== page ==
Some tissue-type mismatches are permissible in bone-marrow or stem-cell transplantation to treat leukemia, according to a new study led by Dr. Effie Petersdorf of the Clinical Research Division.
The study provides a way to improve the effectiveness of transplantation as a cure for malignancies of the blood and immune systems.
The findings appear in today's New England Journal of Medicine and involved collaborators at the Hutch, the University of Washington and the Seattle Cancer Care Alliance.
Petersdorf and colleagues initiated the research to determine whether subtle differences between tissue-type genes from a healthy donor and a leukemia patient impact the success of transplantation. Their findings show that single mismatches detectable only by DNA typing methods are well tolerated by patients.
The tissue-type compatibility between donor and recipient is a critical factor in the outcome of a transplant, as mismatches can lead to transplant rejection. Doctors strive for a perfect or near-perfect match, a prospect that can be difficult for individuals with rare tissue types and no closely matched relatives.
Tissue type is determined by the information specified in six genes known as HLA (human leukocyte antigen) genes. Since every individual inherits two sets of chromosomes (and thus two versions, known as alleles, of each HLA gene), every person can have up to 12 different tissue-type proteins. Ideally, donor and recipient possess identical information in all 12 genes, but subtle disparity between individuals may be tolerated.
"Our work demonstrates that transplant success can be enhanced by applying state-of-the-art technology for genetic matching of stem-cell donors," Petersdorf said. "By looking carefully at precise mismatches between donor and recipient, we've learned that some mismatches are well-tolerated, and others are less so. This is information that we can implement immediately to help patients find appropriate donors."
In bone-marrow and stem-cell transplantation, donated healthy cells that form the blood and immune system are infused into a patient with leukemia or another blood or immune-system disorder. The process for matching patient and donor has changed over time, Petersdorf said.
"The definition of a perfect match is an evolving concept," she said. "As we learn about new genes important for a successful transplant and as more sophisticated technology for analyzing them becomes available, we continually refine the matching process."
Without high-precision DNA analytical tools available today, including gene chips and array robots available at the Hutch, Petersdorf said the study would not have been possible.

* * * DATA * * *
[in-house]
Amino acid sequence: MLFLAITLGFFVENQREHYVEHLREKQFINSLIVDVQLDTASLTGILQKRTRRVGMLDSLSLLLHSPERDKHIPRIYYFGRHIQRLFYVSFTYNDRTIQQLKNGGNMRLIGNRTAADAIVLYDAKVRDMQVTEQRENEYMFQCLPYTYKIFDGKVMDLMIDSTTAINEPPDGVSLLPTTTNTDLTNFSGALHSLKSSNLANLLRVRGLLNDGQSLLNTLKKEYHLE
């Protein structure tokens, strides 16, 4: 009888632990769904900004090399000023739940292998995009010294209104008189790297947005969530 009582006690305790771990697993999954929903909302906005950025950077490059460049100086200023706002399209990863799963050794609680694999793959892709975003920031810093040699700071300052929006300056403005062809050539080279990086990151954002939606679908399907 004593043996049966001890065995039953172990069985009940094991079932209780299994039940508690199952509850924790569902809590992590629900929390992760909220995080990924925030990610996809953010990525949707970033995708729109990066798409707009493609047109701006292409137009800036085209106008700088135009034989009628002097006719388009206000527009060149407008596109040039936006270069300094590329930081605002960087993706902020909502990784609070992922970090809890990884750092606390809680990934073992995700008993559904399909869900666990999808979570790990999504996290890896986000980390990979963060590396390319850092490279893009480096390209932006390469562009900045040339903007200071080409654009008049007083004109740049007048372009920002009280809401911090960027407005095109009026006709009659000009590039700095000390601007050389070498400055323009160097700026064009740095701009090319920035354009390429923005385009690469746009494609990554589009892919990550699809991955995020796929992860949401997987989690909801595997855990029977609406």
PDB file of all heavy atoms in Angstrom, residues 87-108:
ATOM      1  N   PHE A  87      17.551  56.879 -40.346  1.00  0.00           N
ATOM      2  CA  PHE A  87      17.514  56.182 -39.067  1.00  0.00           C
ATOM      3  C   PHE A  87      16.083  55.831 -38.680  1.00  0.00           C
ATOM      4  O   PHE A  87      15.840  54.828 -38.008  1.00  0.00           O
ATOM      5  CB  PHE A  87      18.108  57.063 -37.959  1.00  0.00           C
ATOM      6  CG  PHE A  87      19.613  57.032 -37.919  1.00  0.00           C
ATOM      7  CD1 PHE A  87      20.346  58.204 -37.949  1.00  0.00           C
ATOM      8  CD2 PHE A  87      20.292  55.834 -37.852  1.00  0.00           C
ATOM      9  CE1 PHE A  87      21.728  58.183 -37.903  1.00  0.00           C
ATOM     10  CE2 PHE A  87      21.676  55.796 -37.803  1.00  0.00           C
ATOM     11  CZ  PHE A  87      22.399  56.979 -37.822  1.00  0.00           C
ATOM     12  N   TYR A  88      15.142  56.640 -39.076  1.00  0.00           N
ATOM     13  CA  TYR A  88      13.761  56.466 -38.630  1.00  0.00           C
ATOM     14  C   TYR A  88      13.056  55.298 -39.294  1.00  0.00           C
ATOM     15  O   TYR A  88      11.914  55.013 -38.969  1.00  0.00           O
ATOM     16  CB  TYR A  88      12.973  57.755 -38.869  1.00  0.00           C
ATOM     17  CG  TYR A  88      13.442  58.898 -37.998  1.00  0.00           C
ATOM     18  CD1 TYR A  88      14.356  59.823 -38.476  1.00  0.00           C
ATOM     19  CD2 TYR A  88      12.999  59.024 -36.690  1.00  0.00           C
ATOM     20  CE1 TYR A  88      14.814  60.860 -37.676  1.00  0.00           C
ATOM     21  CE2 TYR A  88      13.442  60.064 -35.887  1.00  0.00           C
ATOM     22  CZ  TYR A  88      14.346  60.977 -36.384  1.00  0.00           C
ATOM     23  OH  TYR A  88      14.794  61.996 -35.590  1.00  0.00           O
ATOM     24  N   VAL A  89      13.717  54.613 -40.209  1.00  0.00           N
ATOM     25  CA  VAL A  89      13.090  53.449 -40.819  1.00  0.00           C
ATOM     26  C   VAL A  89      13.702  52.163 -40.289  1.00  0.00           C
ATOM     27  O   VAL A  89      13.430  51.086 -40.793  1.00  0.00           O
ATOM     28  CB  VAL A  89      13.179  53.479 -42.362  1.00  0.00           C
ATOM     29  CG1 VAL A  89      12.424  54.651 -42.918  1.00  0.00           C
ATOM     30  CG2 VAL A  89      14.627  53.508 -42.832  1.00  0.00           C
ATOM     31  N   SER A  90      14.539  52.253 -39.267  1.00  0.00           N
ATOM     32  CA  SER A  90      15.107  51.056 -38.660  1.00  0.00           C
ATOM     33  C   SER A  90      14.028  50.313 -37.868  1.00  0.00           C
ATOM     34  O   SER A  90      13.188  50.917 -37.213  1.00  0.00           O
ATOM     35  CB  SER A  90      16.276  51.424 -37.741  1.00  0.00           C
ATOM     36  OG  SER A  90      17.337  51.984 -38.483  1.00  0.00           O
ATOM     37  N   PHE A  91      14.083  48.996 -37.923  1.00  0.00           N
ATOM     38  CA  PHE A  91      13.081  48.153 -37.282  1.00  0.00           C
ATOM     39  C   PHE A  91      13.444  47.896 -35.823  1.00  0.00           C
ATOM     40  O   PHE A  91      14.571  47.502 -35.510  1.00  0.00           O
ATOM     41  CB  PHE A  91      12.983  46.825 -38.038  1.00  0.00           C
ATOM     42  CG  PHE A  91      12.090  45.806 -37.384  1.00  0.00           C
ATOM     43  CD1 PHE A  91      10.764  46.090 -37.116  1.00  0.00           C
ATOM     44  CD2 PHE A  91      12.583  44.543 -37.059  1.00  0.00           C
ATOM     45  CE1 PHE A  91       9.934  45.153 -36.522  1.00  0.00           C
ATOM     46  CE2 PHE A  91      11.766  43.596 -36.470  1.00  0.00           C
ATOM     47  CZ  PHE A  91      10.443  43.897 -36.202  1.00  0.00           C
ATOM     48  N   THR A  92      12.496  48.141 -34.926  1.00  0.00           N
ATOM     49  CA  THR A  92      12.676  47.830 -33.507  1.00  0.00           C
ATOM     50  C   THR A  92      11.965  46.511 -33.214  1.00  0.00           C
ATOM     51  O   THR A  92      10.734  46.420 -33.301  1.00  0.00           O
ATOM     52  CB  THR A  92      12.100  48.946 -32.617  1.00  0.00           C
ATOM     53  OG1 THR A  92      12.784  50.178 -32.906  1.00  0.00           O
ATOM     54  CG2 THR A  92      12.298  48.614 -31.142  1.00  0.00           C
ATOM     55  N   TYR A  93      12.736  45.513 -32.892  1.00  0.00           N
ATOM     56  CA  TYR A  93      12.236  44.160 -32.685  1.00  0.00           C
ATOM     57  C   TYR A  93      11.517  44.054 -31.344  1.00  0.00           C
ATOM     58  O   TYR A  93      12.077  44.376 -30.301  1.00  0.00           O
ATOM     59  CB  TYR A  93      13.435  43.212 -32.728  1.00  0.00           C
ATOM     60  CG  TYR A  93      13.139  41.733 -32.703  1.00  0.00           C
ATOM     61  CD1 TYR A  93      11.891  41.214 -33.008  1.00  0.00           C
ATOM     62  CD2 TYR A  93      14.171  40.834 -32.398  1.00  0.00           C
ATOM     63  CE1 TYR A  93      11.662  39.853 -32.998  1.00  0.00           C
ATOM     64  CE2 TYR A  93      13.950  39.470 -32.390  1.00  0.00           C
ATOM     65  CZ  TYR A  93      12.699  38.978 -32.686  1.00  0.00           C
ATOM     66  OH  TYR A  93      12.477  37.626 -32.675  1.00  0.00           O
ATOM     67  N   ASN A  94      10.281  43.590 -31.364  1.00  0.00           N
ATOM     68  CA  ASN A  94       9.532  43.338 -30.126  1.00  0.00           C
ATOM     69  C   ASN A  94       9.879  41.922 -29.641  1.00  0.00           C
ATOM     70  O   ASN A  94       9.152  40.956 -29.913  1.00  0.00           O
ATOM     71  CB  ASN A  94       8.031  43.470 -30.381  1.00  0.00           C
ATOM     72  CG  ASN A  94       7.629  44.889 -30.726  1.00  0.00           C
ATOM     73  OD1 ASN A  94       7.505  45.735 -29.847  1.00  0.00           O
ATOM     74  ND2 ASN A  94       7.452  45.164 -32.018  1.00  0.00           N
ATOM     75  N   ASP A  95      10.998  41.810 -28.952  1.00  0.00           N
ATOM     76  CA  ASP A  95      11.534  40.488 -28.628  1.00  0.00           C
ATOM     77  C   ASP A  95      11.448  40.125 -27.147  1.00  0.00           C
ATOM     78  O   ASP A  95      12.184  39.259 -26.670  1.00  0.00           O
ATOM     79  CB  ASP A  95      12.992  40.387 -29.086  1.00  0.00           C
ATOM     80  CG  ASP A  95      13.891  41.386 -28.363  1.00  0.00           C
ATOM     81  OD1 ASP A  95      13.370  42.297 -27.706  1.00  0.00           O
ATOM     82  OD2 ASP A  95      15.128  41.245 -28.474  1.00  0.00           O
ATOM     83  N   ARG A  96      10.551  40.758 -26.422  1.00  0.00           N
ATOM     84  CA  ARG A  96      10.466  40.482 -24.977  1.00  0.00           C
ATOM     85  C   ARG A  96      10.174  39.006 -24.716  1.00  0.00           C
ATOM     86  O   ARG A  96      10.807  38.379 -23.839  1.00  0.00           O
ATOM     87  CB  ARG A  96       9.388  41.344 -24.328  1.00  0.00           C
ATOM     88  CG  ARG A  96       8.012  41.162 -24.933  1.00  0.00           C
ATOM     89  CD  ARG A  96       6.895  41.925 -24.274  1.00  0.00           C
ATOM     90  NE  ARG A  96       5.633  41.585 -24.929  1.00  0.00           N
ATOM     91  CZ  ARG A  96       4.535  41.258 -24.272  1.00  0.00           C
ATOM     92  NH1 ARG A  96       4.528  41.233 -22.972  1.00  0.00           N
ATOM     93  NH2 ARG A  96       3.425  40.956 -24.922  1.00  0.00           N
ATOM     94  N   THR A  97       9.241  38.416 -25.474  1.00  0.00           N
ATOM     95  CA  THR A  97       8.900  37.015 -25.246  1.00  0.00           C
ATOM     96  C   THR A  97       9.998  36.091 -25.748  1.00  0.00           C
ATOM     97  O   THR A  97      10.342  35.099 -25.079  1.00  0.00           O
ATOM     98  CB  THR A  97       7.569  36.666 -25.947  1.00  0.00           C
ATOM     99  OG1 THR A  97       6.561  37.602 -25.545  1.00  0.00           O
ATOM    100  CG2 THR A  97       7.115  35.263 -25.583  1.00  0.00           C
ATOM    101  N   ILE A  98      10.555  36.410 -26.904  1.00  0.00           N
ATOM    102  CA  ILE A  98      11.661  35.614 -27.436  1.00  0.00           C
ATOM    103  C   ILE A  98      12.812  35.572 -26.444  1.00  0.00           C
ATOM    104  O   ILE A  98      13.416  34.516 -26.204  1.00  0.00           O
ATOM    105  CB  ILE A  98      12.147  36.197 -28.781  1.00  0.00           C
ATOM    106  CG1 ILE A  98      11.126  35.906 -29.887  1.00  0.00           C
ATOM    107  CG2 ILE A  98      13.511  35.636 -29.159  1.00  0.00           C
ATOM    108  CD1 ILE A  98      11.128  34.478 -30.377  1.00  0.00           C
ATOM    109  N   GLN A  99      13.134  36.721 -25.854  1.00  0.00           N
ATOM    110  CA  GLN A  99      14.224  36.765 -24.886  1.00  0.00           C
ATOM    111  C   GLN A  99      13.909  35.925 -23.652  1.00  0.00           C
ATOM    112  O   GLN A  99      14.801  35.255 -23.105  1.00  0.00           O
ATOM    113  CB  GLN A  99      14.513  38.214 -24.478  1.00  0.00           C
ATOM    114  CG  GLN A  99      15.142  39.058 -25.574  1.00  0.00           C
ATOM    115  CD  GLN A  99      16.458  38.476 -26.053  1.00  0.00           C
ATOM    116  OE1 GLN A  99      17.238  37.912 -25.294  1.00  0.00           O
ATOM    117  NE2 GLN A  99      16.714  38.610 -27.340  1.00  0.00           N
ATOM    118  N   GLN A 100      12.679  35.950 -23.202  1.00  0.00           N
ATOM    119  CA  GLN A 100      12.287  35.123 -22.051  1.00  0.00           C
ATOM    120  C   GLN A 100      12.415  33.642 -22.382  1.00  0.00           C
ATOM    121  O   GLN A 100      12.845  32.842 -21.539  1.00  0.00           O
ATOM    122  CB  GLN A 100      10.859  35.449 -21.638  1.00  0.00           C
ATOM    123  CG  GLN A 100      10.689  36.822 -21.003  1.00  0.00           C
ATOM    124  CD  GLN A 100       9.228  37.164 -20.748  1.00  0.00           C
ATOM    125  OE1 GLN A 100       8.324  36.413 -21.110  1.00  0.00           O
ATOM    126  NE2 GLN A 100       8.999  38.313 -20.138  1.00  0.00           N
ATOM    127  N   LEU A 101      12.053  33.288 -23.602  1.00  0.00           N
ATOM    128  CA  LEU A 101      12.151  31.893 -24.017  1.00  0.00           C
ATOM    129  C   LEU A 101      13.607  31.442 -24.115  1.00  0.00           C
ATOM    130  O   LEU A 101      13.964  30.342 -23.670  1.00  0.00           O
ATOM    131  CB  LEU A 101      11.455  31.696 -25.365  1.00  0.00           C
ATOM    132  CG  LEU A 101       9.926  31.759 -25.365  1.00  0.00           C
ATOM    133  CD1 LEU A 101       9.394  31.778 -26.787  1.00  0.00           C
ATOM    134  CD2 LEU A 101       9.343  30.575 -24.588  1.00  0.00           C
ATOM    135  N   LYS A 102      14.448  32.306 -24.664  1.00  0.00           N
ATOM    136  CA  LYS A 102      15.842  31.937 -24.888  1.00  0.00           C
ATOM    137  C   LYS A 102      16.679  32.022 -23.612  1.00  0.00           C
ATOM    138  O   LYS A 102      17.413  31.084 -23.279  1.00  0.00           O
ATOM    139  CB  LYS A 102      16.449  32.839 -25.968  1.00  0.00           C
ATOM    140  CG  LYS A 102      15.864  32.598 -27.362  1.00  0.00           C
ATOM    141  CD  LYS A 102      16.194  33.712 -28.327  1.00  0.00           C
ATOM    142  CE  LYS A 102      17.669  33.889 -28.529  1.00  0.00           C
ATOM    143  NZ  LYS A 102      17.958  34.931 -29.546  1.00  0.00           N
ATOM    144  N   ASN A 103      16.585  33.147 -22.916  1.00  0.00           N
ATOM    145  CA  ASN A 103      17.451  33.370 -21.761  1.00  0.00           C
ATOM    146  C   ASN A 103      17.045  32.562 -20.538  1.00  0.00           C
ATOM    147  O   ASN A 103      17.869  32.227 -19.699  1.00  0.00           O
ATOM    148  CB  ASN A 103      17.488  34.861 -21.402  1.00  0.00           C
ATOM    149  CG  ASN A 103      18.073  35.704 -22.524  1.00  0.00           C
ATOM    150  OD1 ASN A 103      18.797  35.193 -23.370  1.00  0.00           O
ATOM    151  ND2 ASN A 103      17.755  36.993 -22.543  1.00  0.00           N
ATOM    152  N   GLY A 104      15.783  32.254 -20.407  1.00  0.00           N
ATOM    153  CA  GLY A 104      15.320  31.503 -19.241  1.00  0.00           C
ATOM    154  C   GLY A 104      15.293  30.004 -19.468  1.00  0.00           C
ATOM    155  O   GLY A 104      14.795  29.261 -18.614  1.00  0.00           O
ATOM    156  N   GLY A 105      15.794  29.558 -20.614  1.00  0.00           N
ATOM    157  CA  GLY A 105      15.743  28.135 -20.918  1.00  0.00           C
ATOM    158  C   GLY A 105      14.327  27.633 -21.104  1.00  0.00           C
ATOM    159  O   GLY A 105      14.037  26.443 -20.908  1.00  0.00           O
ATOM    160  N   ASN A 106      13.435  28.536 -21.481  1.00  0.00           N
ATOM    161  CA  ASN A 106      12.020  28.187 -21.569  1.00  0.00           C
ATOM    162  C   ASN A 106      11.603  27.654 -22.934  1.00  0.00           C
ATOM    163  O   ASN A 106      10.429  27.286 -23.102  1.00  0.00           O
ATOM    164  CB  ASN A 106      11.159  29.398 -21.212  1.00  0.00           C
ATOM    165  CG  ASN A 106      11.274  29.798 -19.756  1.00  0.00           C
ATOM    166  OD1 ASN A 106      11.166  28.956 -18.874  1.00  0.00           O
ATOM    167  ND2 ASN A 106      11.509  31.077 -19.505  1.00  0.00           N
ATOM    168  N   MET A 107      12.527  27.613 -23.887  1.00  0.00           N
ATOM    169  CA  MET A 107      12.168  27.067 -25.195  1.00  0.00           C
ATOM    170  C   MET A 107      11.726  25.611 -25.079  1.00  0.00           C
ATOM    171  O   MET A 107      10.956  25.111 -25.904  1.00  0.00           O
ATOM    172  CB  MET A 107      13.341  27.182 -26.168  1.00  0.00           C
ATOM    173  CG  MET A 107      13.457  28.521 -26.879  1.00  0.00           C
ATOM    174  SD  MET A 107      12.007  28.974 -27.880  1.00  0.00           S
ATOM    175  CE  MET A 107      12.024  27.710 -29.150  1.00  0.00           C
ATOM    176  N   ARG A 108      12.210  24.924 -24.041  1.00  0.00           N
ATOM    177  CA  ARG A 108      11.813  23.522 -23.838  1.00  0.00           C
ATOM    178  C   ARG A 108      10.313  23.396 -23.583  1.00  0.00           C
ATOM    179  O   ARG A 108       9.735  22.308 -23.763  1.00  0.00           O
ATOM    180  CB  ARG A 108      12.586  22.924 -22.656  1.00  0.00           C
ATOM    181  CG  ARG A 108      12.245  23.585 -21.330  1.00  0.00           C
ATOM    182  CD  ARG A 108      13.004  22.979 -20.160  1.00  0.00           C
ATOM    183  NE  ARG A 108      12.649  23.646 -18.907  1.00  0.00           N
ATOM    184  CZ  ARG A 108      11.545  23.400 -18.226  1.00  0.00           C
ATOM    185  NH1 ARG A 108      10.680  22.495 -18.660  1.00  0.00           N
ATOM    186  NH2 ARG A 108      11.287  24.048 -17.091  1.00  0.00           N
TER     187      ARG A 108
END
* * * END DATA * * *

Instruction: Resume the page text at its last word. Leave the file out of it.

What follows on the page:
Historically, HLA typing has been performed with serological tests, in which blood serum from the patient or donor is tested with a panel of antibodies that react against HLA proteins. More recently, DNA sequencing and serological testing have been used. This sensitive molecular analysis can detect subtle differences that may cause no discernable serological reaction.
Petersdorf and colleagues used DNA sequencing to determine the exact tissue type of 471 Hutch patients who received unrelated donor transplants for chronic myeloid leukemia between 1985 and 2000. Sequences were obtained for each of the six HLA genes.
"Patients and donors are always typed, and donors are always selected using the best technology and information available at the time," she said. "Some of the patients in this study underwent transplantation before DNA methods were even available."
With this information, Petersdorf correlated mismatch status with transplant outcome.
"We found no difference in graft failure between those with perfect matches and those with a single allelic mismatch - a mismatch in the DNA sequence that has no serological difference. What this means for patients is that the overall success of transplantation is not compromised by a single allelic mismatch."
In contrast, a single so-called antigenic mismatch, a sequence difference that does cause a serological reaction, was associated with increased risk of graft rejection.
Because the three-dimensional structure of HLA proteins has been determined, the researchers could identify which portions of the protein are affected by differences in HLA DNA sequence.
Not surprisingly, mismatches that affect the portion of the HLA protein that is recognized by T cells contribute most significantly to graft rejection by provoking an immune response when donor and recipient are not identical.
In addition, the researchers discovered that whether the recipient is homozygous - has two identical copies (alleles) of the same HLA gene - plays a critical role in the matching process. Individuals with two different alleles for the same gene are said to be heterozygous.
"If the recipient has two identical HLA alleles and is mismatched with a heterozygous donor, the risk of graft failure increases," Petersdorf said. "We hypothesize that there is HLA disparity in only one direction, that of the patient against the donor."
"In contrast, if both the recipient and the donor are heterozygous and mismatched for a single allele, the graft is not rejected. This is another piece of information we can use to help patients find the best match."
Petersdorf said the Clinical Immunogenetics Laboratory at the Alliance, which performs tissue-type matching for Hutch patients and donors, already performs typing with a higher degree of discrimination than is routinely available.
"But we're always refining the process," she said. "Retrospective studies on transplant outcome provide invaluable information that can be applied to make transplantation a safe and effective therapy."